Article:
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Early to Work, Early Back Home Banishes the Wintertime Blues

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Let’s be honest, falling back to standard time sucks when you work at an office. That extra hour gained over the weekend may have seemed like a gift, but it’s short lived as we pay for it with one less hour of sun every day during the winter. Before you know it, you'll be spending all of the daylight hours during the week indoors.

I've been wanting to find a way to ignore this “fall back” for years, but my only option was to move to an area with more consistent daylight. My theory is that life is just a bit better when you leave work with natural daylight. Apparently, I am not alone. There are studies to back up sticking with DST.

Related: Winter Weather = Bad Mood? It's More Complicated Than That.

A recent article published in Time Magazine suggests that with the end of daylight savings time comes an increased danger of more accidents on the road, as more people head home in the dark. The National Highway Traffic Safety Association warns that it can take time to adjust to low-light driving, which makes this time of year more dangerous for both drivers and pedestrians.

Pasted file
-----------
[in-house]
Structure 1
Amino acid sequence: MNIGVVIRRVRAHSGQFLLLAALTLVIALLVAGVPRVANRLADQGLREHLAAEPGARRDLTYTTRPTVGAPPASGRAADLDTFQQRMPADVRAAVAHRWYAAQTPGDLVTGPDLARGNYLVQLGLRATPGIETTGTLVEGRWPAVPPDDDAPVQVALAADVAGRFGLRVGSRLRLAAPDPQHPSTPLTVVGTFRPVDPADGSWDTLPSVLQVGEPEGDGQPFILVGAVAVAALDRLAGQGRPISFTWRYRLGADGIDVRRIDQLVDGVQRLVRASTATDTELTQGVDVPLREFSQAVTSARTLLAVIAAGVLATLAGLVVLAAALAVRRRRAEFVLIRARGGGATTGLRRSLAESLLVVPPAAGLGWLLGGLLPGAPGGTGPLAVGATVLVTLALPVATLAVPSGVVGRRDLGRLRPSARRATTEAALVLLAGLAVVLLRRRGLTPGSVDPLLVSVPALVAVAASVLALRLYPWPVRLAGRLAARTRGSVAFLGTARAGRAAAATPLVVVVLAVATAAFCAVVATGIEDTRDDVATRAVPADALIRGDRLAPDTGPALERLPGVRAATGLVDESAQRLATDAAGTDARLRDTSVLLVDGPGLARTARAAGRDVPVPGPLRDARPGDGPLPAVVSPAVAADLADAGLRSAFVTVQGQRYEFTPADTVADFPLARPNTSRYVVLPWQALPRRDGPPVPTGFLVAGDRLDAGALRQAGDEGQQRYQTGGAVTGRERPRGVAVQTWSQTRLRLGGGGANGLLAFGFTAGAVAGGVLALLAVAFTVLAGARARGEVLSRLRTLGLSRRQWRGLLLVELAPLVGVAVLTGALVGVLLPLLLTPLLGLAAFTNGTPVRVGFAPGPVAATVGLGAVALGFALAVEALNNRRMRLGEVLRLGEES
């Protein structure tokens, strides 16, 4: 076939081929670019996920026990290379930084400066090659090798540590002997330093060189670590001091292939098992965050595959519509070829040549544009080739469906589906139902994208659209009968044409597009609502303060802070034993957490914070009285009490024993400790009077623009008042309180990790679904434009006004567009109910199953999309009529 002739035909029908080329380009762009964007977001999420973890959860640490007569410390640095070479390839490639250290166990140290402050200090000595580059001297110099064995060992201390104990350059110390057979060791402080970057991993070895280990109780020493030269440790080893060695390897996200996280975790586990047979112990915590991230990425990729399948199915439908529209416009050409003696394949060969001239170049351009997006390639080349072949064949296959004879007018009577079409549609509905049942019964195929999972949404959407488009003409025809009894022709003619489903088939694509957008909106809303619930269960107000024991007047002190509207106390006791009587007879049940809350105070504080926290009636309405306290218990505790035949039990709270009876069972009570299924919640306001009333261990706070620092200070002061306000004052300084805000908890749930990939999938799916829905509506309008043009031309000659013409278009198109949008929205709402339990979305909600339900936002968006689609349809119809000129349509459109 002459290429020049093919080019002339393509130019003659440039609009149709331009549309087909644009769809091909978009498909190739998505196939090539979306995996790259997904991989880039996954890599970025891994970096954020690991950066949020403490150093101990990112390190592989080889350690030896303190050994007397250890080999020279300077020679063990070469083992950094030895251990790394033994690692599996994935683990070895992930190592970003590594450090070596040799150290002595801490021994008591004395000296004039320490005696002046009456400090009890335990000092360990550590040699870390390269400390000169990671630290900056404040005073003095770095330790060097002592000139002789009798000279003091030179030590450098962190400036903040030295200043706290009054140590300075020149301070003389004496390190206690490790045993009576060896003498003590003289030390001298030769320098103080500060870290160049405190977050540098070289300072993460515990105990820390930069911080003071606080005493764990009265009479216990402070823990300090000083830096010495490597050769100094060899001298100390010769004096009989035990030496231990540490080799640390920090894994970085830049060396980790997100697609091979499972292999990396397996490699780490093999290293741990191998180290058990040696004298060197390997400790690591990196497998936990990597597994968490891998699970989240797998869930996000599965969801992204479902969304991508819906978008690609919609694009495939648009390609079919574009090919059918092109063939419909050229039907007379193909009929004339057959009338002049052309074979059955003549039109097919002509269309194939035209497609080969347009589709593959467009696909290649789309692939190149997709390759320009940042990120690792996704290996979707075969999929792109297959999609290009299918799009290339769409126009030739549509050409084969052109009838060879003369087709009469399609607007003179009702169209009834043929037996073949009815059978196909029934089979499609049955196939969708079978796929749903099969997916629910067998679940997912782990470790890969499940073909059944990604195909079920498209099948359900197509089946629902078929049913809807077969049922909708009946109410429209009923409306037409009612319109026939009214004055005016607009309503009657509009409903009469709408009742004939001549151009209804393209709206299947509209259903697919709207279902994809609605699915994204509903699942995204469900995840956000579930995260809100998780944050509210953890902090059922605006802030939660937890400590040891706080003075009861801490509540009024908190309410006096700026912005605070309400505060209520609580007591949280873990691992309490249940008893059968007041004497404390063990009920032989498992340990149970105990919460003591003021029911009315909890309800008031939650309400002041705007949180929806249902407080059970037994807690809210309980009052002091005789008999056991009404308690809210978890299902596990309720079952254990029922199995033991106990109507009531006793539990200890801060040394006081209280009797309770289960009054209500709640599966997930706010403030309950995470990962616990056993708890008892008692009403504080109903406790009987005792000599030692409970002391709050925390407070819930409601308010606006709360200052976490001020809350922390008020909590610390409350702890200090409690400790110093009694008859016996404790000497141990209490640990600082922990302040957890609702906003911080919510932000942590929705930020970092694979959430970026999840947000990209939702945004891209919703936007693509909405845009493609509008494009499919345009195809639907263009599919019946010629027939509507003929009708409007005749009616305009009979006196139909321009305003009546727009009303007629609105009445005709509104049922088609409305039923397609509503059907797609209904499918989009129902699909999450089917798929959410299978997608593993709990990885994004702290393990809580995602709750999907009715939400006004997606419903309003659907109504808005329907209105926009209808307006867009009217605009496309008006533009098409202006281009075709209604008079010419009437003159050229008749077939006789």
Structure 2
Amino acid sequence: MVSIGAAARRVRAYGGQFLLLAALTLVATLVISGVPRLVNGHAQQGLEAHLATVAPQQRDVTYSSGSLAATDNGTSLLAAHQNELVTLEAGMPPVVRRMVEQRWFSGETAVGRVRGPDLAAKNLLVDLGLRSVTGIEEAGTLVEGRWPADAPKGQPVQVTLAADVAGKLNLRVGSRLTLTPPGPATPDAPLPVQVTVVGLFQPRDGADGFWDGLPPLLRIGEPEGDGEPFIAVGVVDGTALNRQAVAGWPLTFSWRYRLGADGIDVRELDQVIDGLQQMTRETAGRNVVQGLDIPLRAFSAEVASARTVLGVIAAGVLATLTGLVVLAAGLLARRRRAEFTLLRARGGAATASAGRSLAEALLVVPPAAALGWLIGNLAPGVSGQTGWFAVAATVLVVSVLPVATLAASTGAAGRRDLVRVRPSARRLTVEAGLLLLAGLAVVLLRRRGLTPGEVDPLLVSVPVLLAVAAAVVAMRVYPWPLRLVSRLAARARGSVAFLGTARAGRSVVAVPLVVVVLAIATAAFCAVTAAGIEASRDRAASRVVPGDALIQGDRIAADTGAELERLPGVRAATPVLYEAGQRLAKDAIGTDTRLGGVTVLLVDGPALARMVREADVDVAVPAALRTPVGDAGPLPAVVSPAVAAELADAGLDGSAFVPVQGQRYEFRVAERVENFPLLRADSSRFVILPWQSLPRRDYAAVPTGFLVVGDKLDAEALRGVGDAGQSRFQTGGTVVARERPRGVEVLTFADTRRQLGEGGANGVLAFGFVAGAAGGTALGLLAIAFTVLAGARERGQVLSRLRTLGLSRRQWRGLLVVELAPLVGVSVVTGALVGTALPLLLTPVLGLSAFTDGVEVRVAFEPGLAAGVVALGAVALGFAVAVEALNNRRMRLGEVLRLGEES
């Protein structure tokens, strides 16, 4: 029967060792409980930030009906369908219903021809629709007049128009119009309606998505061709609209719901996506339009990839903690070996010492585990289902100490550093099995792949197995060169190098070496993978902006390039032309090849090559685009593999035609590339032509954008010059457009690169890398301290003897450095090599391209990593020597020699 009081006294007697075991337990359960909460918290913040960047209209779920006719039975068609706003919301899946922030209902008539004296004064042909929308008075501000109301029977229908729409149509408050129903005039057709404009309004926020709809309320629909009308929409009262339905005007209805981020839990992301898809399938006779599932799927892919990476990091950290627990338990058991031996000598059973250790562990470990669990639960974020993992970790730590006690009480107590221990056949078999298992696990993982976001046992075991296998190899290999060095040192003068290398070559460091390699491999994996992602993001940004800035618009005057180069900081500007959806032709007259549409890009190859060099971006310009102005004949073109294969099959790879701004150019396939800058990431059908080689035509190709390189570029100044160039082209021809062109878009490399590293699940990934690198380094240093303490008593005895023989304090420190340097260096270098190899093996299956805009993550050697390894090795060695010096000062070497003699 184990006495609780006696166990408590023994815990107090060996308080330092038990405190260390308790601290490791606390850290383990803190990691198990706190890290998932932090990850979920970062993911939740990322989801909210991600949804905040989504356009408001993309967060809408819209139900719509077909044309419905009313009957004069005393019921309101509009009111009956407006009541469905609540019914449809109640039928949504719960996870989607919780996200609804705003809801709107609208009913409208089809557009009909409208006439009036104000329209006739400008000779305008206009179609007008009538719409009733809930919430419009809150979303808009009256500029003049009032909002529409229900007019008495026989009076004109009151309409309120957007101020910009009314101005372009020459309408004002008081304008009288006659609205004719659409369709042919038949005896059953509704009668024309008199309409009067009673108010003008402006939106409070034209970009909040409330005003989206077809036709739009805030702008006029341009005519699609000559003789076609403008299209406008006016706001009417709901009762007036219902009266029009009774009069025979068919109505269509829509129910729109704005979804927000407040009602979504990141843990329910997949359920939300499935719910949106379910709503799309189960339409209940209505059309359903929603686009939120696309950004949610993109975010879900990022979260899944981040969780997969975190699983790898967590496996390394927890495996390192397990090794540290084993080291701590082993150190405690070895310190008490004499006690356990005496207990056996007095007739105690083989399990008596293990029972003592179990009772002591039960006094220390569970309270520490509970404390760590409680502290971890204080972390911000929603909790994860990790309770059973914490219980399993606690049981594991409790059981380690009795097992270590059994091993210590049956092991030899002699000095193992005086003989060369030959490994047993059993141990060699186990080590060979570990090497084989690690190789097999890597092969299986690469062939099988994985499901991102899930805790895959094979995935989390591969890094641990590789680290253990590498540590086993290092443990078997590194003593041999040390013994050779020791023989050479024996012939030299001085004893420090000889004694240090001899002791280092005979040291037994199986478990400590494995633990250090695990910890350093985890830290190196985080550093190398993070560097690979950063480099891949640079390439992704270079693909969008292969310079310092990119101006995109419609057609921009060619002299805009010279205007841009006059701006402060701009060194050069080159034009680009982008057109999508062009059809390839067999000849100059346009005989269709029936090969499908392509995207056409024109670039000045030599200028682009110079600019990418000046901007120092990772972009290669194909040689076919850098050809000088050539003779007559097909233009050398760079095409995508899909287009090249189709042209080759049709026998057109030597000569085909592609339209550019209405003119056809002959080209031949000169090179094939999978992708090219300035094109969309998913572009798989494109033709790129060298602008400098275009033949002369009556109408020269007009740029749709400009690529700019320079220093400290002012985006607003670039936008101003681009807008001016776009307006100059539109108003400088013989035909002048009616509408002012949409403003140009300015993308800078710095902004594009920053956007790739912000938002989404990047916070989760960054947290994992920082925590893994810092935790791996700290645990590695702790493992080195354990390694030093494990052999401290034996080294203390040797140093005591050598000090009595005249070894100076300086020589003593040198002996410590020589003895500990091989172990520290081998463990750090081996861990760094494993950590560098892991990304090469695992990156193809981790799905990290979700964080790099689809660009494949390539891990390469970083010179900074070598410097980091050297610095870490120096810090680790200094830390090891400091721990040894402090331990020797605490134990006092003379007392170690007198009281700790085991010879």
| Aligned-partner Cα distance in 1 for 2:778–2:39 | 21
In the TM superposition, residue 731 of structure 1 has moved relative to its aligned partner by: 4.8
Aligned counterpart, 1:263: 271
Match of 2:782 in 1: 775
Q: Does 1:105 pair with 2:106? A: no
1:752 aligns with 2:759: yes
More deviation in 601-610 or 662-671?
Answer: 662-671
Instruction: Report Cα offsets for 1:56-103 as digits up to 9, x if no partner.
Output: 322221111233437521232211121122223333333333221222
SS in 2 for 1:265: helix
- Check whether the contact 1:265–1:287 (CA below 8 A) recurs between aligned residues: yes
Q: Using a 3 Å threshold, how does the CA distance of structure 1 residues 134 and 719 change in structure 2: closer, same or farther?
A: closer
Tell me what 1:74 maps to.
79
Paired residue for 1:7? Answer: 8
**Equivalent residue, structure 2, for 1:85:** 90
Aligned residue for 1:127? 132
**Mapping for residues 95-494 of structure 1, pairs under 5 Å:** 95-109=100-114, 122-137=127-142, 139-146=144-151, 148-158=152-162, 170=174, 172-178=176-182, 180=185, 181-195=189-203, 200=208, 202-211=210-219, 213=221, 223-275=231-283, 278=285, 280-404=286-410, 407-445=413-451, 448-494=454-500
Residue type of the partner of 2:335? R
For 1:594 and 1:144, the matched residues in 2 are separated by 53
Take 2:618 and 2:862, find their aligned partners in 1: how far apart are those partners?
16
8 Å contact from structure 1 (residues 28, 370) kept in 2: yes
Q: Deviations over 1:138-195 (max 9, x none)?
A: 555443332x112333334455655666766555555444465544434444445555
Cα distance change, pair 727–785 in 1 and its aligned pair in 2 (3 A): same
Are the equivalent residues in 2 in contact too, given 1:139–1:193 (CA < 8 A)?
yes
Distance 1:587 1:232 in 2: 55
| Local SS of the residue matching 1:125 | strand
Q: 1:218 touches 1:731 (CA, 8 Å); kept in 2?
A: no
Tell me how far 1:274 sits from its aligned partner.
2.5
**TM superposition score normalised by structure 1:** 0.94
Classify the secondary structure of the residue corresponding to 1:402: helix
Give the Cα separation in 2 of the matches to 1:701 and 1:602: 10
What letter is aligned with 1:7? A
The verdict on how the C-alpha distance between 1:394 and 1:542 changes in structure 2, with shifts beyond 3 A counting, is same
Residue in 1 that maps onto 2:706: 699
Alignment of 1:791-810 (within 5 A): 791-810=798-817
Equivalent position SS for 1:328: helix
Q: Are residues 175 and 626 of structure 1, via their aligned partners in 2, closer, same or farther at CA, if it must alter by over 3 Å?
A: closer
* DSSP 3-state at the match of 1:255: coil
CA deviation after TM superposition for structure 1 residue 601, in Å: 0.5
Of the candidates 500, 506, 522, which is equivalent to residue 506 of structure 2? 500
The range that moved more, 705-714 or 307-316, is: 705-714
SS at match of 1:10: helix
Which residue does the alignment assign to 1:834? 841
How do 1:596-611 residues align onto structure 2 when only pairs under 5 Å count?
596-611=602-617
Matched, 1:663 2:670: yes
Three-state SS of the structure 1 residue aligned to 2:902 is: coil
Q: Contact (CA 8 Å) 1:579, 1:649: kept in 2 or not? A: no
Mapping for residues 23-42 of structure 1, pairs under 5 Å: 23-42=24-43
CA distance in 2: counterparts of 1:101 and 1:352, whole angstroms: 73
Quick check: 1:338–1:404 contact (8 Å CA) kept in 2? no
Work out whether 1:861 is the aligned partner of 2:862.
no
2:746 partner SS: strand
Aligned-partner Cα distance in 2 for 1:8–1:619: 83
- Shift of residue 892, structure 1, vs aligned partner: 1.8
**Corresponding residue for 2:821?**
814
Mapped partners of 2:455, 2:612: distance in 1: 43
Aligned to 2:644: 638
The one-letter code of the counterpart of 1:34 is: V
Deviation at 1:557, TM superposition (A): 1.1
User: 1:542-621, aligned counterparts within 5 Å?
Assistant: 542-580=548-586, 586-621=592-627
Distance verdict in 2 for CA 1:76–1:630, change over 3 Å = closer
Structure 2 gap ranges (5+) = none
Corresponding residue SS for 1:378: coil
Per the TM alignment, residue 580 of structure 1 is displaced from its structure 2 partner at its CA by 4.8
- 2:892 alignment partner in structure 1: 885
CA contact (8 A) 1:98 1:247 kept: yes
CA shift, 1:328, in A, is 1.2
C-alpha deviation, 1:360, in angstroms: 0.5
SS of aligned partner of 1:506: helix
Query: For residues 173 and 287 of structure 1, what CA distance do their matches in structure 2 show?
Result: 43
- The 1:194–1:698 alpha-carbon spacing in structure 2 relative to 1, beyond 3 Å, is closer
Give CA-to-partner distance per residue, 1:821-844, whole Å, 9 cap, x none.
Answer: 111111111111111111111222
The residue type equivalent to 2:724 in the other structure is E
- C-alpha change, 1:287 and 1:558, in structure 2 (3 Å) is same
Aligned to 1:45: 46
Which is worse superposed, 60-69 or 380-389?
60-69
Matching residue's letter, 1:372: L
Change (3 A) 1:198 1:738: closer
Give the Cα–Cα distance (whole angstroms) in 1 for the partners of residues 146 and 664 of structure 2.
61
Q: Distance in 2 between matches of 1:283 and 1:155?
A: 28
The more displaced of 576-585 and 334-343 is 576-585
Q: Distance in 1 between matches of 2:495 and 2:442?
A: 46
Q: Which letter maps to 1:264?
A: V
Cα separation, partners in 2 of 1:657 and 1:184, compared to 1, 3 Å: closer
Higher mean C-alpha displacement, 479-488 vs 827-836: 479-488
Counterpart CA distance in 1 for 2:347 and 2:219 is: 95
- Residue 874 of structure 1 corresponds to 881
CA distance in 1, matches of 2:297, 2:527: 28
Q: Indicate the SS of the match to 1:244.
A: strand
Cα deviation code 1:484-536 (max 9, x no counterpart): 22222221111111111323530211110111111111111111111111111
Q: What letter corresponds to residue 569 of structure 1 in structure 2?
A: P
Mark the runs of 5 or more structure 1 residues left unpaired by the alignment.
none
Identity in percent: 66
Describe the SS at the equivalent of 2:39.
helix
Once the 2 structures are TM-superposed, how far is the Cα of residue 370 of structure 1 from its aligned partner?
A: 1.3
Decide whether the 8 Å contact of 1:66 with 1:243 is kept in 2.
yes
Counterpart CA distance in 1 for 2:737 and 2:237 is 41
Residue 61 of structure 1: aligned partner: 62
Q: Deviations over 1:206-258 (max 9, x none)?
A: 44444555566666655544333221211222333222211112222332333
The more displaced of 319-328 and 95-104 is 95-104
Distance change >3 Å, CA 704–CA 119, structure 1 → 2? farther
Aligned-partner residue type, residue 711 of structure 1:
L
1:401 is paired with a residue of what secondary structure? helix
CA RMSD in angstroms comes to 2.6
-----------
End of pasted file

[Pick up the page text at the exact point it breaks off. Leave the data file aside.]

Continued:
The end of DST also brings along a rash of physical and emotional challenges as well. Even office productivity can take a hit this time of year because of it. The sudden change in schedule can actually cause us to lose sleep the week after the clock turns back. The sleep we do get is likely to be lower quality during the time change. 

If that’s not bad enough, the lack of direct sunlight can cause our bodies to produce melatonin, which can make us feel draggy and tired. Getting home in the darkness may even decrease our total amount of physical activity. Both of which can drag down productivity (and cognitivity) at work.

Related: 5 Ways to Beat Seasonal Affective Disorder In Your Office

So here’s the hack: don't adapt your work hours to standard time, keep them on daylight saving time. In other words, just keep doing what you are doing. Sure, you will be at work an hour earlier (according to the adjusted time), but your body and mind won't have to adapt to it actually being earlier. You will get more sunlight when you leave the office, giving you an extra hour to complete your after-work activities before it’s dark. 

My company, Digital Telepathy, has been experimenting with this hack for the last week, shifting the start of our day from 9 am to 8 am. As a result, we haven’t felt the impact of the time change and instead have an extra hour in our day. The best part is, that hour is graced with delicious, vitamin D beaming sun, something we could all use more of.

Related: Twitter Data Shows That December Makes Us Sad and Summer Makes Us Late for Work

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